Design Thinking in Schools- 2 Points
Making in schools is often linked to design thinking, a system of thinking, that brings ideas and solutions to life through making. Innovative leaders are finding ways to integrate design thinking into a variety of subjects and curriculum. To earn two points, watch the dSchool Crash Course with a colleague and brainstorm how this process can add to your classroom, school or district.
Create Something- 1 Point
The Maker Movement is bringing new life to creativity, design, and innovation. Making brings choice to learning and summative assessment. To earn one point, find a space of making (art, shop, music studio, television studio), relearn the space, and create something for yourself.
Learning Beyond The Comfort Zone- 3 Points
Inertia, momentum, and habits drive our daily work as leaders. Breaking this commands ongoing attention and thinking about your thinking. Use this realization to reach out for new connections in learning. "Lateral Capacity Building" allows us to reshape our mental models. Earn three points for making fresh connections outside of education that can support the mission of your work.
Exploring a New Communication Media- 2 Points
Telling the story of your classroom, school or district is an essential part of communicating the excellent learning taking place. Many innovative leaders are using a variety of communication tools to make this a reality. To earn two points, choose a fresh tool and begin to use it for telling your story because if you aren't telling the story, someone else is.
Listing Your Allies- 1 Point
Leadership can be lonely, and the marketplace of ideas nurtures the work of all leaders. One important question for all innovative leaders is, "Who are the ten people doing your job better than you are learning with?" Earn one point for listing ten people that fit in this category that you are currently learning with or that you would like to learn with?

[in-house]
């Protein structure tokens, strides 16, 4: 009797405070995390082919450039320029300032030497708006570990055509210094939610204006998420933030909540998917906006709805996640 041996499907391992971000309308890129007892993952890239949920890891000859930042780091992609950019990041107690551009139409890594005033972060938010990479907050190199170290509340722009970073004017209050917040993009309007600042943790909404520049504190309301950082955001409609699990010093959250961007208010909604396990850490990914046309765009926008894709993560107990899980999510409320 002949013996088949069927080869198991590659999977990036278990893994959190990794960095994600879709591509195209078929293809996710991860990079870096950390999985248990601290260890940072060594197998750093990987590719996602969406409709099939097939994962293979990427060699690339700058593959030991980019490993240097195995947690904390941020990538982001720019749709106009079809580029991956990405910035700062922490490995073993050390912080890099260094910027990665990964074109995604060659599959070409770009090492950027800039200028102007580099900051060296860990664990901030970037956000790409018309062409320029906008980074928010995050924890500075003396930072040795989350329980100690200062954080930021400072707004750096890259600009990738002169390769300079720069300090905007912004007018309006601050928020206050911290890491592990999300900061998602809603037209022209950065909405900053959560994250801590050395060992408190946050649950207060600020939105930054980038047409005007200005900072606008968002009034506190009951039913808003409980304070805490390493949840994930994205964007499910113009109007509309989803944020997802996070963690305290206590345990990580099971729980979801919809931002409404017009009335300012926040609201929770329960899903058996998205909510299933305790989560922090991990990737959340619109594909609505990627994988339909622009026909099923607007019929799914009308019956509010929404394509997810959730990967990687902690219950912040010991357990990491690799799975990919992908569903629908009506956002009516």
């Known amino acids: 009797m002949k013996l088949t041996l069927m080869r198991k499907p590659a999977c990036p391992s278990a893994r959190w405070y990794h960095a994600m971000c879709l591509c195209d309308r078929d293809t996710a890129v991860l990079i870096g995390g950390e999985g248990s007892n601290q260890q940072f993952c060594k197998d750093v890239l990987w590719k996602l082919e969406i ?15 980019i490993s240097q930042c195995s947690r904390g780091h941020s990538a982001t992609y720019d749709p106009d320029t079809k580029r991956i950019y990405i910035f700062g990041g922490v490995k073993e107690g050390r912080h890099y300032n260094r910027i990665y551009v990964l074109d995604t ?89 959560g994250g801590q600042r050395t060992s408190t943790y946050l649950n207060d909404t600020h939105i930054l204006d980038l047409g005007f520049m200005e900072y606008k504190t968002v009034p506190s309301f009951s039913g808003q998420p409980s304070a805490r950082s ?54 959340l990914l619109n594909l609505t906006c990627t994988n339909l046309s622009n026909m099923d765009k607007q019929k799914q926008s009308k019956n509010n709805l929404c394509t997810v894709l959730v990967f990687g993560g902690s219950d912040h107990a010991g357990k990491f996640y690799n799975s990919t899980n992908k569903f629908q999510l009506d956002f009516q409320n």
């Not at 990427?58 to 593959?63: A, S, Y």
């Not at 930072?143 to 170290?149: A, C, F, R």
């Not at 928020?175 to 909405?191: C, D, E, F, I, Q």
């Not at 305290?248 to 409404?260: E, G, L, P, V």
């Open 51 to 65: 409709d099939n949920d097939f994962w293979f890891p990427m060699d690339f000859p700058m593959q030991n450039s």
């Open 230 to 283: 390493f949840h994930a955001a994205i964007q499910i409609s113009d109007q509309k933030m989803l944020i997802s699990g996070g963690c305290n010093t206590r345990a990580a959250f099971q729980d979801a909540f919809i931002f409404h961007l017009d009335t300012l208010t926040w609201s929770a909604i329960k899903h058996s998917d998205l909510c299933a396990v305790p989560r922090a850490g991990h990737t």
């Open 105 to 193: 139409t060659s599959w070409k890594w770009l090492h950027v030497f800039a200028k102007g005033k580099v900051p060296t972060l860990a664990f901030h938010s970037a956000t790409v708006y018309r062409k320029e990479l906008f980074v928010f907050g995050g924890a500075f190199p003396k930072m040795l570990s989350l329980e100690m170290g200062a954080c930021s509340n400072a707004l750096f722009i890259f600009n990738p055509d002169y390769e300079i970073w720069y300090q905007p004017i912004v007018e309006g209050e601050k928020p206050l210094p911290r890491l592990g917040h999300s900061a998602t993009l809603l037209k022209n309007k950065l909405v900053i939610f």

Starting the Big Shift- 3 Points
Most leaders have an idea that they believe could truly be a game changer in their learning space. It sits there waiting for the perfect moment, a moment that will never arrive. The courageous leader is able to craft the culture, resources, and momentum to begin making this possible. What is your game changer? Earn three points for taking the first vibrant actions to make it possible.
Failing Forward- 2 Points
All leaders have projects and ideas that fall flat. The courageous leader is nimble, recognizes that a change is necessary and pivots. What project or idea has fallen flat and need to be abandoned or recrafted? Earn two points for publicly recognizing the need to pivot and start down a fresh path (failing forward).
Conversation and Reflection- 1 Point
Making decisions is a daily part of the lives of leaders at all levels. Growing as a courageous leader often comes from going back to a situation after the decision to discuss it with the person or people that didn't like the decision. To earn one point, return to these people or person and review and reflect on the tough decision that was made.